Voice of the People

22

Articles and letters may be edited for the purposes of clarity and space. They are published in good faith with a view to enlightening all the stakeholders. However, the contents of these writings may not necessarily match the views of the newspaper.

Building cities for the future

MORE than half of the world’s population lives in cities and as per United Nations Development Program (UNDP), two-thirds of the world population will be urban by 2050.

This rapid urbanization, infrastructure development and expansion of cities have resulted in serious environmental hazards such as Urban Heat Island effect, increase in greenhouse gas emissions, air pollution and noise pollution.

Therefore, SDG 11 which states, ‘Make cities and human settlements inclusive, safe, resilient and sustainable’ holds immense significance in today’s world.

For a city to be well-developed, it also needs to be well maintained. This is possible through policies that encourage sustainability as well as revitalize the creation of lively and dynamic neighbourhoods and people-centric locations – in other words, ‘cities for people.’

Plastic products, especifically polythene bags, choke sewerage systems in cities. While on the other hand, disposal through landfills becomes one of the major reasons for soil pollution and leaching as it takes 1000 years for a plastic bag to decompose in a landfill.

One particular way to promote environmental sustainability is using biodegradable plastic and biodegradable plastic products i.e. jute bags etc.

Biodegradable plastics are made with renewable raw material that can be decomposed by living organisms into water and biomass.

Moreover, a poor public transportation system is also one of the major hurdles in the way of sustainable cities. Excessive reliance on private vehicles is the major cause of air and noise pollution in cities. This issue can be resolved by shifting from public to private transport.

The city administration and local government should introduce sustainable urban transport interventions through bus rapid transit, metro service, etc. Another significant hurdle in the way of sustainable cities is the poor urban planning system.

Developing countries, like Pakistan, Bangladesh, India, etc., do not pay heed to the idea of zoning, population growth rate and geographic mapping that is why the risk of disaster increases.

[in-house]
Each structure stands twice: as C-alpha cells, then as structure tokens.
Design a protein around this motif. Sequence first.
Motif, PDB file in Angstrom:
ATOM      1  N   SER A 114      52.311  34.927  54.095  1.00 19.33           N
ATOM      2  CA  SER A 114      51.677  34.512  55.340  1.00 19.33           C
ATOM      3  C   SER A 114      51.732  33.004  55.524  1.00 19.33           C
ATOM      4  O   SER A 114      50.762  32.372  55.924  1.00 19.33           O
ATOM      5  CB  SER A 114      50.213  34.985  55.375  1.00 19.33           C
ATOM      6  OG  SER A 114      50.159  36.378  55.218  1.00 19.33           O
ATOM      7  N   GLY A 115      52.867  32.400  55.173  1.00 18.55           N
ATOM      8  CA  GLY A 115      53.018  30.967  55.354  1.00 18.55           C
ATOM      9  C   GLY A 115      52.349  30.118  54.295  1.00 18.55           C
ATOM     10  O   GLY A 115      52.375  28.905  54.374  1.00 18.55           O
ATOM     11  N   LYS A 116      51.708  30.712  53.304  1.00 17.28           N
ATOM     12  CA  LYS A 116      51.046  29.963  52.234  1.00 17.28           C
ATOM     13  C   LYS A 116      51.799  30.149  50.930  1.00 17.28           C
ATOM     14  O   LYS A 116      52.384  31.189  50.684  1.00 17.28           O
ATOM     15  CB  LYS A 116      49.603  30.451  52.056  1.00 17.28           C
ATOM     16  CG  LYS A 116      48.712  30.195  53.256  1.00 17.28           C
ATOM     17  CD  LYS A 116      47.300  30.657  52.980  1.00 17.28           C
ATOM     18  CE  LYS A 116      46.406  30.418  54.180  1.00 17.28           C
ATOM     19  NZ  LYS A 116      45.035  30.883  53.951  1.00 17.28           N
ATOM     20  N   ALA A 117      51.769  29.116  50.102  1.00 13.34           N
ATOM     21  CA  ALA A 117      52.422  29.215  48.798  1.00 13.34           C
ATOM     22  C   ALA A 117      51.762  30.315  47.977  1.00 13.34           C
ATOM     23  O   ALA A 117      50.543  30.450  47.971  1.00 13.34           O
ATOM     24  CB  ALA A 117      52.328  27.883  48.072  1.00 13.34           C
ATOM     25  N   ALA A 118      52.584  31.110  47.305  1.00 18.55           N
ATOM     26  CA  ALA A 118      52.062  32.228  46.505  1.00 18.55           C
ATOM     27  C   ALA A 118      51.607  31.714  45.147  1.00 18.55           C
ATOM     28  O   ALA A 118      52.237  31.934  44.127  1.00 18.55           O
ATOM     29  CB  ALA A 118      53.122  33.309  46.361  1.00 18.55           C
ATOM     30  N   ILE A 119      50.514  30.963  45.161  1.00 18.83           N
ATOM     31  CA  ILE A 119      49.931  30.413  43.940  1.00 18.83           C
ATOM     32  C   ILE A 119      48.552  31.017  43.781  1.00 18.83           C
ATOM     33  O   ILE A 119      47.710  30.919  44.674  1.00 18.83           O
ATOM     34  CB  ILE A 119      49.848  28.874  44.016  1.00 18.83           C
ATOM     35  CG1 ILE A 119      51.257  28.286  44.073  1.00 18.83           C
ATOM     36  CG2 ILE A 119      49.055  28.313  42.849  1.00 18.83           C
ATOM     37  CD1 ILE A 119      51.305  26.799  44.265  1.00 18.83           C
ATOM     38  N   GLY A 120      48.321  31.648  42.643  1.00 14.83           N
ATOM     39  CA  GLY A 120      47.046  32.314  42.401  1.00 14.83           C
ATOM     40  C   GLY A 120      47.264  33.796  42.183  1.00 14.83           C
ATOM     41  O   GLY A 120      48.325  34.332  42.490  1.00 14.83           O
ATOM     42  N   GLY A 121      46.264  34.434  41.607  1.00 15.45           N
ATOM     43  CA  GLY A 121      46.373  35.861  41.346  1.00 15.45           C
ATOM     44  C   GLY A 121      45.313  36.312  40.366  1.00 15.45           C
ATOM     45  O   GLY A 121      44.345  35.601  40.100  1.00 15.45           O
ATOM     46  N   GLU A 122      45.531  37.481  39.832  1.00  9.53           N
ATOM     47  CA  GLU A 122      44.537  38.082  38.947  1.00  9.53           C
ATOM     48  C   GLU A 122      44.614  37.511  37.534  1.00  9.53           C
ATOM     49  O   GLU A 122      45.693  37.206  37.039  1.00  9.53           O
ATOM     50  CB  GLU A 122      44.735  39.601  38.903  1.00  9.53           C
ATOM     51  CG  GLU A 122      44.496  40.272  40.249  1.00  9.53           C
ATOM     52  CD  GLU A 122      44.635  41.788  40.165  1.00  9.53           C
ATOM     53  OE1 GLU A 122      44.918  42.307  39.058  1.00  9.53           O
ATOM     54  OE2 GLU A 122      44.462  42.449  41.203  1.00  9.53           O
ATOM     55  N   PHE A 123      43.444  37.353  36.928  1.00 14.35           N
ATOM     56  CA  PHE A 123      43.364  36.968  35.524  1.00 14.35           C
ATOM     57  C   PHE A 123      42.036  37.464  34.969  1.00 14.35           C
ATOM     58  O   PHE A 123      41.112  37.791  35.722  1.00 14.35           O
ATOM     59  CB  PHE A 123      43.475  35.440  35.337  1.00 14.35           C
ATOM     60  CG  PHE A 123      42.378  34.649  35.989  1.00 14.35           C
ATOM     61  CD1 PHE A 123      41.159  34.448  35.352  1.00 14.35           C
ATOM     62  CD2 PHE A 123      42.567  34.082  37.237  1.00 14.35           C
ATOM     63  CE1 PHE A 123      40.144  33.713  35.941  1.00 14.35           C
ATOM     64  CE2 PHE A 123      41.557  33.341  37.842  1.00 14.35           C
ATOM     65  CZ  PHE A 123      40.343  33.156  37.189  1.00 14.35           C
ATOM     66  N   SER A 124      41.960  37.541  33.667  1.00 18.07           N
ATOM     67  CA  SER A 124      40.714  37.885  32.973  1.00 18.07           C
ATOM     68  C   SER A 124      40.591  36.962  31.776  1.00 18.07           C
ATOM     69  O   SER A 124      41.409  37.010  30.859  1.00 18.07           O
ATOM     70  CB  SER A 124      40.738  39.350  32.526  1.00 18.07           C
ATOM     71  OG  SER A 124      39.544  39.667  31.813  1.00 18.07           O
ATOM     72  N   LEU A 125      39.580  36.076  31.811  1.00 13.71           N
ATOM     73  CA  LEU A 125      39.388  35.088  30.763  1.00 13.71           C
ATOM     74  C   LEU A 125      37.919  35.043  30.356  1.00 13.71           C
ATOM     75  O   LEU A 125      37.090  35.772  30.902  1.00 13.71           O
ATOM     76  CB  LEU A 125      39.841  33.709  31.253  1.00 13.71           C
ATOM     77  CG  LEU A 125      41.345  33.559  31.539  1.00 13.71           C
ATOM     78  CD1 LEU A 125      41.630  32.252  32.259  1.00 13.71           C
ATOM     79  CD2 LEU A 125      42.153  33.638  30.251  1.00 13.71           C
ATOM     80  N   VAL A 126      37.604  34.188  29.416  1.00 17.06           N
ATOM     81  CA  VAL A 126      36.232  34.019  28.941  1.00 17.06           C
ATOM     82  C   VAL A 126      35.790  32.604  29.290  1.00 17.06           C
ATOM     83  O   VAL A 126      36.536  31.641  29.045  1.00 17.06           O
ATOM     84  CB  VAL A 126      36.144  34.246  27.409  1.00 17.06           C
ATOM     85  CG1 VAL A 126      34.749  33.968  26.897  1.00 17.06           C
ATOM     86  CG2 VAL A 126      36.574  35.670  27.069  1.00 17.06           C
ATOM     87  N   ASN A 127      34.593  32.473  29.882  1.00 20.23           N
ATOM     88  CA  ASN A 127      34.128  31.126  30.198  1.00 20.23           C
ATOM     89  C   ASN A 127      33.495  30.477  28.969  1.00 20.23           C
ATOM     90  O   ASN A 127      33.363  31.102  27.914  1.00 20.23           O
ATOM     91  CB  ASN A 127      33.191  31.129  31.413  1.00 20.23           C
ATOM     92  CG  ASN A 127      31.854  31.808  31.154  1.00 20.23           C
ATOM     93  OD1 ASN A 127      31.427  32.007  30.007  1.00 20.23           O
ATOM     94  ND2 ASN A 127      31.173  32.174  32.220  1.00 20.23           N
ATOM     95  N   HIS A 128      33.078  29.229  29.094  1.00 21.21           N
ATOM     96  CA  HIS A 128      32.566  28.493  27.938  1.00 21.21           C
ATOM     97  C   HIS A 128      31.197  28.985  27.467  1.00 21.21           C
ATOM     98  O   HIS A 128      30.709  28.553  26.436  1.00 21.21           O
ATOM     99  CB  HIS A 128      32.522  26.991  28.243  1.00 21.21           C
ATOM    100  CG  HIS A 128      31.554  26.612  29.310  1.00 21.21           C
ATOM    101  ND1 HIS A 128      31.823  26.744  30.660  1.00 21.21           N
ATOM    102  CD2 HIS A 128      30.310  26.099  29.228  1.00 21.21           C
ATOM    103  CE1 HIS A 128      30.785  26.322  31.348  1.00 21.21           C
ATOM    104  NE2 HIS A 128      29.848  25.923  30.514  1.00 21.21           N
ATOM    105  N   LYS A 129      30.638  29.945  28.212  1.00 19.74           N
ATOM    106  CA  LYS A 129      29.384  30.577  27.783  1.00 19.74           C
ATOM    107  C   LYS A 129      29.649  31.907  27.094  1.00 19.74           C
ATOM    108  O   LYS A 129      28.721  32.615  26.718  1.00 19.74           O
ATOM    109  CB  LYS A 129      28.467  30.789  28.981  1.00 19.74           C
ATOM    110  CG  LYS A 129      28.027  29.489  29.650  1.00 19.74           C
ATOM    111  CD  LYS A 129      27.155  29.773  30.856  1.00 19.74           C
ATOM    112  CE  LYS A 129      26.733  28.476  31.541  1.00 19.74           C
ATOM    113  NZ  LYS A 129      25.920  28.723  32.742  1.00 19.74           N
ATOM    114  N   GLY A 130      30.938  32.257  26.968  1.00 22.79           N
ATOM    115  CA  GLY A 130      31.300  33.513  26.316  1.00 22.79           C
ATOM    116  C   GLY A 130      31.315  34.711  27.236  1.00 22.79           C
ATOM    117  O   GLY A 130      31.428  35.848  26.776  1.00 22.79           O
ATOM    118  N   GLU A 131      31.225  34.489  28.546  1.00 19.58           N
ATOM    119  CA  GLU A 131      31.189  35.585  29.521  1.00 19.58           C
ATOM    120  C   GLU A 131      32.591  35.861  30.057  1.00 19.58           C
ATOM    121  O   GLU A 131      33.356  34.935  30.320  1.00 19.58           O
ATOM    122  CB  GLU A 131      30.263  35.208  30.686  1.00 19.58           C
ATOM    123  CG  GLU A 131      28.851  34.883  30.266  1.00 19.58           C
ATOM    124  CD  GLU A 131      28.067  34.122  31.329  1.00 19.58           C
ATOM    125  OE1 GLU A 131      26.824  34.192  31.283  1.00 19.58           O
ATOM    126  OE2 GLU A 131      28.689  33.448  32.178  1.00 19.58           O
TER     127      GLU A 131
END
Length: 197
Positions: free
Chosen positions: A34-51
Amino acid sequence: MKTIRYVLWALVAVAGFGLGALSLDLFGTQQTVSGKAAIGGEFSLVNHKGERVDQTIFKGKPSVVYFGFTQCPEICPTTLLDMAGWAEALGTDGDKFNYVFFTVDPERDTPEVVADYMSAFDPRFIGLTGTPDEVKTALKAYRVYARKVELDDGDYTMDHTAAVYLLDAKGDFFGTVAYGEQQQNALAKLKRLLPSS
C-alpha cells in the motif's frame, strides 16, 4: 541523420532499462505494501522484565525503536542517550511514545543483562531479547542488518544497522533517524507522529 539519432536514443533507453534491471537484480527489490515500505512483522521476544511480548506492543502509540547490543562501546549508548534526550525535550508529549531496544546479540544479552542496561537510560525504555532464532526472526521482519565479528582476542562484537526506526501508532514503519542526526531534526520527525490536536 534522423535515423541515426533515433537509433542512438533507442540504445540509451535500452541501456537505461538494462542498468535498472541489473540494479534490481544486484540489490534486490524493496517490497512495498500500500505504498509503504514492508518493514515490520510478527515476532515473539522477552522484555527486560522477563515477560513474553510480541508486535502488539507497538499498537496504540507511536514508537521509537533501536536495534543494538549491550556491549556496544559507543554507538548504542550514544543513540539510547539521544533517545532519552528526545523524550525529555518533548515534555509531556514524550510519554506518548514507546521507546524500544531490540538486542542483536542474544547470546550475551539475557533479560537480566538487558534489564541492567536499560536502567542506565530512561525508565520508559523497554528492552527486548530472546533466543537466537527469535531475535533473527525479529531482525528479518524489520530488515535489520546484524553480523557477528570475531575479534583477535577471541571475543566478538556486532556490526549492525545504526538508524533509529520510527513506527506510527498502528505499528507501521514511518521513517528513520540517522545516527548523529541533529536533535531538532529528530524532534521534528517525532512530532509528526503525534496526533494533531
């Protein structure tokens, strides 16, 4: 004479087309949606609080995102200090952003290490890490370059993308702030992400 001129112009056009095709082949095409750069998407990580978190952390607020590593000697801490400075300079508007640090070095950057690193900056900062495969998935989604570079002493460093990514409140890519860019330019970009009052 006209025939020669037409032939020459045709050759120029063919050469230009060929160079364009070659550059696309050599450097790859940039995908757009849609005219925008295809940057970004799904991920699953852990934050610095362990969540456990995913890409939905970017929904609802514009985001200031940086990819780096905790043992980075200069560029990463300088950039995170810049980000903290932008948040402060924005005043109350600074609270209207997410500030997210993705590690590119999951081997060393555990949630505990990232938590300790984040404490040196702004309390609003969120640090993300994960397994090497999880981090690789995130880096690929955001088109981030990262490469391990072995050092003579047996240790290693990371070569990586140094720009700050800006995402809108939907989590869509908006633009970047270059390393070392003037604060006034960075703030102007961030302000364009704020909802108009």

It is the right time to minimize the chance of disasters by incorporating the idea of green buildings, waste management, renewable energy and green spaces in city planning. In order to face this mounting challenge of plastic pollution, we should use metal straws instead of plastic straws.

Another solution is to use fabric bags in place of commonly used plastic/polythene bags for grocery, shopping or daily use.

Material such as paper, cardboard, glass, steel, compost and other raw material can be disposed of separately in bins to be recycled later on. We should also avoid littering around the city and dispose of waste in bags.
Farzeen Shah
Islamabad

Weakness
in T-20

There is no gainsaying the fact that Babar Azam and Rizwan are the main batters of Pakistan cricket team.

The Pakistan batting largely depends on these two mainstream players. However, in my opinion, they are not suited to play in T-20 format. In the recently held T-20 World Cup matches and against Bangladesh, the fair hardly crossed the 50 digit partnership in the first six overs of power play.

This is the main reason for Pakistan’s collapse in the semi-final against Australia. As such both the batters didn’t show their worth against Bangladesh as well.

So the management of the Cricket Board should devise an alternate strategy to axe them out of T-20 format and restrict them both to test and one-day format only.

In this way, their performance will further flourish to give a robust support to Pakistan batting battery.

SHAUKAT HAYAT BUNERI
Buner

Succeeding tyranny

Another surge in petroleum prices and the succeeding inflation is going to break the back of the impoverished and economically destitute class of the country.

Ascending inflation in a society where forty per cent population living below the poverty line is but a nightmarish reality.

The tremendous contradiction of Pakistan’s politics is that the appealing and carefully crafted rhetorically slogans propounded by political agendas on the eve of elections always proved counterproductive.

From the slogan of bread, cloth and shelter (Roti, Kapra & Makan) to that of New Pakistan what the public received are but the suffering, prosecution and tribulation. The sloganeering, political engineering and charming oratory are but the ploys to entice public support short of delivery and practicality.

The law of diminishing asserts that whenever the demand lessens so do the price of commodities. But here in our country when the rupee gets robust against international currencies, yet the customer prices bulge. From the basic commodities to that of building substances, nothing has glimpsed a price decrease.

The public desires to introspect on the paths their votes are influenced for their political self-centric political agenda and advertising. How long the public would reimburse for the sins of their so-called diplomats and rhetoric. Only a sensible use of votes can put abundance out of suffering on an endurable basis.

INSAF ALI BANGWAR
Kandhkot, Sindh

 

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